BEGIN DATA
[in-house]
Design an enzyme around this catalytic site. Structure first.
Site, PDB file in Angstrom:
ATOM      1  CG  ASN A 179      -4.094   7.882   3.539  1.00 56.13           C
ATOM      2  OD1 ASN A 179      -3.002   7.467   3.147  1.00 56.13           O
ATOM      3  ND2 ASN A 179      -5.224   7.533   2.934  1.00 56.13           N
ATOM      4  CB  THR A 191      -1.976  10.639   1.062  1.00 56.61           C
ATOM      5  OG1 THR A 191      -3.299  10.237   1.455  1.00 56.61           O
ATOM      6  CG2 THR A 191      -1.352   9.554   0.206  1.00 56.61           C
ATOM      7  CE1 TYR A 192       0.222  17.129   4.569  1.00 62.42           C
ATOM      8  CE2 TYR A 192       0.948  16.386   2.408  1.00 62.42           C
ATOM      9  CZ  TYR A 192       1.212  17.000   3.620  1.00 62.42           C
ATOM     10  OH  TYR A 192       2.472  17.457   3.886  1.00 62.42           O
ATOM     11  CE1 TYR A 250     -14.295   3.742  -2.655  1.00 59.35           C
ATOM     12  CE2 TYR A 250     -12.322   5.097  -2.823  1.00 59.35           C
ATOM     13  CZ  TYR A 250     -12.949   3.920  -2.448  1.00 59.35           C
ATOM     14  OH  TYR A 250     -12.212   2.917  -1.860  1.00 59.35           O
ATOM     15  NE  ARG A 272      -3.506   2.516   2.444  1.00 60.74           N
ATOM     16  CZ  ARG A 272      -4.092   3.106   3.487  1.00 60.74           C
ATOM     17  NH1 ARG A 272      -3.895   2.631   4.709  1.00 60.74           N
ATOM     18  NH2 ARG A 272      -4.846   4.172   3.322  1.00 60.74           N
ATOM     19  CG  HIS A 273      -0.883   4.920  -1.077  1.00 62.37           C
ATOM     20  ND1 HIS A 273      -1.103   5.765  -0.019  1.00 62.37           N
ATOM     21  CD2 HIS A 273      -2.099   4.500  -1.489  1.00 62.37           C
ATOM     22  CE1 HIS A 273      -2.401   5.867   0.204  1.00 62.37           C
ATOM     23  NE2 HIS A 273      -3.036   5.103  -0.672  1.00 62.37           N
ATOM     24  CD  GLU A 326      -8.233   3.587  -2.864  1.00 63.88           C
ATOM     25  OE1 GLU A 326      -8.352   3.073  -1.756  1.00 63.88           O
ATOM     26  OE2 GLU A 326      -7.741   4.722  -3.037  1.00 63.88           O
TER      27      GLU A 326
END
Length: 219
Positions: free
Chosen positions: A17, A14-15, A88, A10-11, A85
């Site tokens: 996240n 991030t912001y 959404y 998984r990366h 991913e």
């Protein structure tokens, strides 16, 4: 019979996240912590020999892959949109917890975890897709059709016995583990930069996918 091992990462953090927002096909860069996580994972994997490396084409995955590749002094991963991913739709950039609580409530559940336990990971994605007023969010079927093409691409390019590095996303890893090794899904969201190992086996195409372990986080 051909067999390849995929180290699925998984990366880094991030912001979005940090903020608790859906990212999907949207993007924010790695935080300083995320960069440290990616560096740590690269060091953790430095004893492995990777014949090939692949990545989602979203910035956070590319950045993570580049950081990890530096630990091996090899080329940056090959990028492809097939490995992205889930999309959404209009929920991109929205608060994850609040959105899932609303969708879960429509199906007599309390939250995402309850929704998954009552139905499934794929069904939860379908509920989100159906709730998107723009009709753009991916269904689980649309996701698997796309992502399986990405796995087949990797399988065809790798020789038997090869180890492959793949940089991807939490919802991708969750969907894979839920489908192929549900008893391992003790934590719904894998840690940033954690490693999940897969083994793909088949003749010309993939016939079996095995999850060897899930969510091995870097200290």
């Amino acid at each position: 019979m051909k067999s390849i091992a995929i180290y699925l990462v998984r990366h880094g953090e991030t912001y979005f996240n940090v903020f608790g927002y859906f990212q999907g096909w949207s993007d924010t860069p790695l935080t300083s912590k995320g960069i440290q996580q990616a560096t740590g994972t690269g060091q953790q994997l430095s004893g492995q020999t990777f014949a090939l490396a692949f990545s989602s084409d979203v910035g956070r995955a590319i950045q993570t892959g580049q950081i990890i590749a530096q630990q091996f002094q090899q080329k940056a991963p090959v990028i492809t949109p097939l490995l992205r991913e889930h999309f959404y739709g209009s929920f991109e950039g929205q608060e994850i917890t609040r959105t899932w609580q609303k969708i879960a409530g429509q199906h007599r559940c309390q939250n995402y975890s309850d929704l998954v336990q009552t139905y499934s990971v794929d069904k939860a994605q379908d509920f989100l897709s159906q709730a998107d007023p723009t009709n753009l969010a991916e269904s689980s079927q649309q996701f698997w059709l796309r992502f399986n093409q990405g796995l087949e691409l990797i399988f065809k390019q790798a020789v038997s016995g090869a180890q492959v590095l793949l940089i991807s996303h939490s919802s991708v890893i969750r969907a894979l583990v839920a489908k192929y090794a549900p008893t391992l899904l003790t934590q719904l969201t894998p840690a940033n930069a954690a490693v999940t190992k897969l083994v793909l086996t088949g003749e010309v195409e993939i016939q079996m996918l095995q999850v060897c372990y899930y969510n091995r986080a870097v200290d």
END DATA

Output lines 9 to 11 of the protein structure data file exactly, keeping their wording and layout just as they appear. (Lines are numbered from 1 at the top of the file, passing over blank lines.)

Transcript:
ATOM      6  CG2 THR A 191      -1.352   9.554   0.206  1.00 56.61           C
ATOM      7  CE1 TYR A 192       0.222  17.129   4.569  1.00 62.42           C
ATOM      8  CE2 TYR A 192       0.948  16.386   2.408  1.00 62.42           C